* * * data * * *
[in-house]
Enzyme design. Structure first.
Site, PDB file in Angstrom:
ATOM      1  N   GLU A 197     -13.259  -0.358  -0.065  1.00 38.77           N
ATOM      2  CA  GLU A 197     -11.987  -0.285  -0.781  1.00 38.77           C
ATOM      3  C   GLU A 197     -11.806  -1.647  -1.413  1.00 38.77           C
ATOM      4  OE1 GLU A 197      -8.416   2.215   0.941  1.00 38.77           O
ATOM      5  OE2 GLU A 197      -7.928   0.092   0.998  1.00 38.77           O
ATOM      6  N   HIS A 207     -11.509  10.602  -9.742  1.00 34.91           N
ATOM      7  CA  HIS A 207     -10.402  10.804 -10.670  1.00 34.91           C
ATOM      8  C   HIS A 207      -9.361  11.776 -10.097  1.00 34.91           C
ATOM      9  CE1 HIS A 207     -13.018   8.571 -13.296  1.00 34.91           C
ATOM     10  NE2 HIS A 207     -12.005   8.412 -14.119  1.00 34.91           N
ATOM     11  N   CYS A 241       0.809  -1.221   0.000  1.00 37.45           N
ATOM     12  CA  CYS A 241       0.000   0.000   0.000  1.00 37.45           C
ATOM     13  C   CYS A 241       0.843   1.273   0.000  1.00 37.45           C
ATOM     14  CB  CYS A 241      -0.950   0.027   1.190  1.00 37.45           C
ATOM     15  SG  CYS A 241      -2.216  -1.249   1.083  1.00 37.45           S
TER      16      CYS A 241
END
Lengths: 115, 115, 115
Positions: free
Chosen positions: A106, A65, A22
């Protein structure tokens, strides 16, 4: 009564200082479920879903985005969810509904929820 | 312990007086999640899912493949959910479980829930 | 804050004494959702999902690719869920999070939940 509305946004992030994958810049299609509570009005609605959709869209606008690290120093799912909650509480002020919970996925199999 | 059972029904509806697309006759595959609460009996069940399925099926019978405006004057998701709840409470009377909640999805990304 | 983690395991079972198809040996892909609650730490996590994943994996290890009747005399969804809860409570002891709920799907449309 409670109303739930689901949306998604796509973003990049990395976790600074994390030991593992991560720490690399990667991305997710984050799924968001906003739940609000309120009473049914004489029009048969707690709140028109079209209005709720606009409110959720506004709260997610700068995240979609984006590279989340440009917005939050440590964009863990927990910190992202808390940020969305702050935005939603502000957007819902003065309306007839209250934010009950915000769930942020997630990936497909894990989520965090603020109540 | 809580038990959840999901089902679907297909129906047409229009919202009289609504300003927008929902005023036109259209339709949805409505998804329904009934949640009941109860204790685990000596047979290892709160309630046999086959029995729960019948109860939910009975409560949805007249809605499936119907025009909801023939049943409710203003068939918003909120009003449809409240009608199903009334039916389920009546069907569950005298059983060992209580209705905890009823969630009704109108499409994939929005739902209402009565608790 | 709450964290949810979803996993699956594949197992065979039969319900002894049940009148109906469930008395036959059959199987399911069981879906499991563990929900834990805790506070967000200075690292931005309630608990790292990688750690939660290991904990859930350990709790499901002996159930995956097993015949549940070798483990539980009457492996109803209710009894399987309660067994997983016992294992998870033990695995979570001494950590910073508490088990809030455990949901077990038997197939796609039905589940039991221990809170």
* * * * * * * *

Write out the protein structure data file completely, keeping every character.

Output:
[in-house]
Enzyme design. Structure first.
Site, PDB file in Angstrom:
ATOM      1  N   GLU A 197     -13.259  -0.358  -0.065  1.00 38.77           N
ATOM      2  CA  GLU A 197     -11.987  -0.285  -0.781  1.00 38.77           C
ATOM      3  C   GLU A 197     -11.806  -1.647  -1.413  1.00 38.77           C
ATOM      4  OE1 GLU A 197      -8.416   2.215   0.941  1.00 38.77           O
ATOM      5  OE2 GLU A 197      -7.928   0.092   0.998  1.00 38.77           O
ATOM      6  N   HIS A 207     -11.509  10.602  -9.742  1.00 34.91           N
ATOM      7  CA  HIS A 207     -10.402  10.804 -10.670  1.00 34.91           C
ATOM      8  C   HIS A 207      -9.361  11.776 -10.097  1.00 34.91           C
ATOM      9  CE1 HIS A 207     -13.018   8.571 -13.296  1.00 34.91           C
ATOM     10  NE2 HIS A 207     -12.005   8.412 -14.119  1.00 34.91           N
ATOM     11  N   CYS A 241       0.809  -1.221   0.000  1.00 37.45           N
ATOM     12  CA  CYS A 241       0.000   0.000   0.000  1.00 37.45           C
ATOM     13  C   CYS A 241       0.843   1.273   0.000  1.00 37.45           C
ATOM     14  CB  CYS A 241      -0.950   0.027   1.190  1.00 37.45           C
ATOM     15  SG  CYS A 241      -2.216  -1.249   1.083  1.00 37.45           S
TER      16      CYS A 241
END
Lengths: 115, 115, 115
Positions: free
Chosen positions: A106, A65, A22
């Protein structure tokens, strides 16, 4: 009564200082479920879903985005969810509904929820 | 312990007086999640899912493949959910479980829930 | 804050004494959702999902690719869920999070939940 509305946004992030994958810049299609509570009005609605959709869209606008690290120093799912909650509480002020919970996925199999 | 059972029904509806697309006759595959609460009996069940399925099926019978405006004057998701709840409470009377909640999805990304 | 983690395991079972198809040996892909609650730490996590994943994996290890009747005399969804809860409570002891709920799907449309 409670109303739930689901949306998604796509973003990049990395976790600074994390030991593992991560720490690399990667991305997710984050799924968001906003739940609000309120009473049914004489029009048969707690709140028109079209209005709720606009409110959720506004709260997610700068995240979609984006590279989340440009917005939050440590964009863990927990910190992202808390940020969305702050935005939603502000957007819902003065309306007839209250934010009950915000769930942020997630990936497909894990989520965090603020109540 | 809580038990959840999901089902679907297909129906047409229009919202009289609504300003927008929902005023036109259209339709949805409505998804329904009934949640009941109860204790685990000596047979290892709160309630046999086959029995729960019948109860939910009975409560949805007249809605499936119907025009909801023939049943409710203003068939918003909120009003449809409240009608199903009334039916389920009546069907569950005298059983060992209580209705905890009823969630009704109108499409994939929005739902209402009565608790 | 709450964290949810979803996993699956594949197992065979039969319900002894049940009148109906469930008395036959059959199987399911069981879906499991563990929900834990805790506070967000200075690292931005309630608990790292990688750690939660290991904990859930350990709790499901002996159930995956097993015949549940070798483990539980009457492996109803209710009894399987309660067994997983016992294992998870033990695995979570001494950590910073508490088990809030455990949901077990038997197939796609039905589940039991221990809170």